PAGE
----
1. Jeroen Huisman
Researching internationalisation in higher education: state of the art and prospects
The presentation tries to capture first general developments in internationalisation (policies and strategies) and will subsequently give an overview of the current state of the art in research on internationalisation, illustrated by recent projects and their outcomes.
2. Rajani Naidoo
Higher Education as an International Commodity: The Perils and Promises for Development.
Powerful agencies such as the World Bank formerly held the view that higher education offered lower individual and social returns than primary education. However, this view, which led to the systematic under-development of higher education, has changed. The new orthodoxy is that the knowledge economy, which signals a trend away from material production and manual work towards knowledge related product and services, could reduce the disparity between rich and poor nations. The rationale is that the ability to transmit and access information rapidly across the globe has the potential to transform countries that are materially poor into countries that are ‘information-rich’ with the ability to utilise knowledge for social and economic development.
This presentation undertakes an critical analysis of this global policy inversion and challenges the claim that higher education under contemporary conditions has become the most crucial powerhouse for development. The paper explores the impact of economic, political and ideological pressures related to neo-liberalism on the development of higher education systems in developing countries. In particular, the paper examines the pressures to establish a global higher education market and interrogates perceptions that foreign and private providers are the solution to building capacity in higher education. The dangers related to the transformation of higher education into an international commodity are addressed.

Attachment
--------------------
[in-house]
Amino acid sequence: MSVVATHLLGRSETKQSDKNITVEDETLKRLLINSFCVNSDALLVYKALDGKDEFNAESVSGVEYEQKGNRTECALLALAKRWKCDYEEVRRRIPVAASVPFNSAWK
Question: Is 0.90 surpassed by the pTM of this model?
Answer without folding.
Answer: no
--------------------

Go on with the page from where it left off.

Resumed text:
Internationalizing the Liberal Arts College: Tensions and Rationales
I will be presenting the case of a US liberal arts college located in Switzerland. Using documents and data from interviews with the college’s leadership, I will point out potentially illuminating tensions in how the college conceives of its international, liberal arts and pre-professional missions. In my talk, I will explore these issues in relation to the literature on internationalization in higher education. This talk could be of interest especially to colleagues interested in international education, the teaching and learning of intercultural competencies and the internationalization of the university curriculum.
4. Joanna Al-Youssef
The institutionalisation of internationalisation in HE institutions: A case study.